New York Natural Heritage Program
Seaside Sparrow
Ammodramus maritimus (Wilson, 1811)
Birds

General Description [-]
The Seaside Sparrow is a grayish-olive sparrow with dullish breast streaking, yellow spot behind the eye, and long (for a sparrow) spike-like bill.

Identifying Characteristics [-]
Both sexes look alike and subspecies in the gulf coast and Florida differ in color from populations in the northeast. Characteristics of northeastern birds are a yellow wrist, overall grayish-olive color, yellow supraloral spot (between eye and bill), no wing bars, dark moustache stripe (extends down from bill), buffy malar stripe (extends down from bill near throat), white throat, and stripped breast, sides and flanks (Post and Greenlaw 1994). The primary song resembles a Red-winged Blackbird but is more buzzy and includes a series of trills and a terminal buzz (National Geographic 1999, Post and Greenlaw 1994). Nests are described as a "simple open cup of grass stems and blades lined with finer grasses" (Post and Greenlaw 1994).

Characters Most Useful for Identification [-]
Look for the distinct yellow supraloral spot between the eye and the bill and also the dark moustache stripe that extends down from the bill and the buffy malar stripe under it. Also useful are the overall greyish-olive color, breast streaking, as well as the bill shape.

Behavior [-]
Seaside Sparrows are monogamous for the breeding season although information on extra-pair copulation is unknown. Both sexes feed the young (Post and Greenlaw 1994). They have been described as a semi-colonial species with uneven distribution of breeding pairs occuring over homogeneous habitat; although this scattered distribution may also indicate heterogenous habitat (Post and Greenlaw 1994). Males defend nesting territories but both males and females may travel long distances away from the defended territory to feed due to the separation of habitats in tidal zones (Post and Greenlaw 1994).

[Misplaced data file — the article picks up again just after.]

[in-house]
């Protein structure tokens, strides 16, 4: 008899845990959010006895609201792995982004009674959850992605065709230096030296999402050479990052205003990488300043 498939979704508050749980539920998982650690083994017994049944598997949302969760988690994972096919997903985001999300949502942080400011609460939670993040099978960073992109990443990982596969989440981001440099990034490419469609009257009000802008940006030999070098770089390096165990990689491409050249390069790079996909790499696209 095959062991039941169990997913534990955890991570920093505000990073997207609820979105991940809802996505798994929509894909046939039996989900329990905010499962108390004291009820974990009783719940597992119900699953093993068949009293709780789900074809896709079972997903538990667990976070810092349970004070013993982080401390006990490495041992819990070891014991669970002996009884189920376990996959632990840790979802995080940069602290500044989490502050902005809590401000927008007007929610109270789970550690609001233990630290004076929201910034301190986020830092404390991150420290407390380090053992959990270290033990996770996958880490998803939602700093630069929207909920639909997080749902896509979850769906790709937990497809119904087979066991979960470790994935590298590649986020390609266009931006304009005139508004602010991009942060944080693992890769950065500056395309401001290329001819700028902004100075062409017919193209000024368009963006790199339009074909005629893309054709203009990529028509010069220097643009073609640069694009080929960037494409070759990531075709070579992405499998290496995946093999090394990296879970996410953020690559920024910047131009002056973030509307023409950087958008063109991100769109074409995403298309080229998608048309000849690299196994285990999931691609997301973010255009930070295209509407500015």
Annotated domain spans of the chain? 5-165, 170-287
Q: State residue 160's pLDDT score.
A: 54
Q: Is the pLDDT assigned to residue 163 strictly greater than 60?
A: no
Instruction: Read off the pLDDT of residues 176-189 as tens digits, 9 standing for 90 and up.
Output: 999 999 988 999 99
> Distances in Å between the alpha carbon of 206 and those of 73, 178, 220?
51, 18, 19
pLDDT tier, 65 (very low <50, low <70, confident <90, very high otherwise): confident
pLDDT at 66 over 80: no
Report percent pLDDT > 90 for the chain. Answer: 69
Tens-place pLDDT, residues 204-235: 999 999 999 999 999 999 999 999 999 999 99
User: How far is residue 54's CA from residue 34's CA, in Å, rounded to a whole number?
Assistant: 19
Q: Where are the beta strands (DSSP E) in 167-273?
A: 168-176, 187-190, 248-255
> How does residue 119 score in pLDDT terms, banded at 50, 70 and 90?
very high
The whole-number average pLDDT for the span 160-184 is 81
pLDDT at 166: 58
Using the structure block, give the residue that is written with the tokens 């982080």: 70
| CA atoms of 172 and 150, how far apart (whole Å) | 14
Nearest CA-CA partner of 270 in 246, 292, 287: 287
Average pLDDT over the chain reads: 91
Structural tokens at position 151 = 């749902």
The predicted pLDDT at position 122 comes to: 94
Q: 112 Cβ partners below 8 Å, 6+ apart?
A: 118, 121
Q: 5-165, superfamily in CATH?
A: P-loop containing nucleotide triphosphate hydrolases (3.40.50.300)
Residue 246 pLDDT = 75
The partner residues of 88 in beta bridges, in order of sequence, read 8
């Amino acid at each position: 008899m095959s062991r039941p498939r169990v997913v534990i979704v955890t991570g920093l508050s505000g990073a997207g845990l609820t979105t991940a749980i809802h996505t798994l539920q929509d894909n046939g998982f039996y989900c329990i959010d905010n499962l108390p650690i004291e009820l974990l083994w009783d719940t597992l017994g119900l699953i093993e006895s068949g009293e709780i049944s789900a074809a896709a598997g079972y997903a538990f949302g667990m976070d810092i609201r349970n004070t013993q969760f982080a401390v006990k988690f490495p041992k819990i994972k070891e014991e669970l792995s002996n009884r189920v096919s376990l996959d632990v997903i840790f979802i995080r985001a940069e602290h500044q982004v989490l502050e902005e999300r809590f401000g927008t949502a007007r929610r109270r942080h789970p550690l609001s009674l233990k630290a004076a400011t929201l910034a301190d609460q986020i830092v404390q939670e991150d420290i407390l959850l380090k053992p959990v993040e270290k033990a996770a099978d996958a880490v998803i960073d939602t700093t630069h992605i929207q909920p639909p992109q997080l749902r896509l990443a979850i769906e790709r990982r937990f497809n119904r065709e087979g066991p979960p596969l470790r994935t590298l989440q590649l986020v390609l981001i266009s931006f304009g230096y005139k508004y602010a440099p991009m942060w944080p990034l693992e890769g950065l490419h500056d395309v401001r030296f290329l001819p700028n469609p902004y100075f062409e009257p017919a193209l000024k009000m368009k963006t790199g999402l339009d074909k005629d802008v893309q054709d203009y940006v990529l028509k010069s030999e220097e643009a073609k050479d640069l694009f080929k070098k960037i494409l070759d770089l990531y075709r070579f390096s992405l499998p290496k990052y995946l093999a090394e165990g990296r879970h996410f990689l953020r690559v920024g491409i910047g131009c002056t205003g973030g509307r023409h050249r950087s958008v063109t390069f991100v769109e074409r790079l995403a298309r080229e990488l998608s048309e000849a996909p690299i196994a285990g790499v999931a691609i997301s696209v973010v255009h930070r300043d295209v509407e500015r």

Diet [-]
Feeding tends to occur in open areas with a mud substrate, also in ground litter, and at the bases of rooted grasses (Greenlaw 1983). Food is obtained by either climbing through vegetation or walking along the ground while gleaning and probing the mud with the bill (Post et al. 1983). They may also feed along the edges of pools and ditches. Seaside Sparrows eat mostly insects and spiders during the breeding season including insect larva and spider egg cases. Dipterans or flies were documented as an imporant food source in New York as well as some moth species (Merriam 1979). In the fall birds consume a much higher component of seeds in their diet (Post and Greenlaw 1994).
Seaside Sparrow Images
click to enlarge
The Best Time to See
Look for this species in coastal salt marshes in the spring and summer. The first spring arrivals in New York are April 21-26 and fall migration occurs from the end of August through October. There are regular but small numbers of winter birds reported. (Levine 1998, Post and Greenlaw 1994)
J F M A M J J A S O N D
Present Breeding
The time of year you would expect to find Seaside Sparrow present (blue shading) and breeding (orange shading) in New York.
Similar Species
  • Saltmarsh Sharp-Tailed Sparrow (Ammodramus caudacutus)
    The Saltmarsh Sharp-tailed Sparrow occupies similar salt marsh habitat but also freshwater marshes. It is a little smaller than the Seaside Sparrow with a flat head, more crisp and darker breast streaks, and an yellowish-orange triangle on the side of the face. Both species can also be distinguished by song.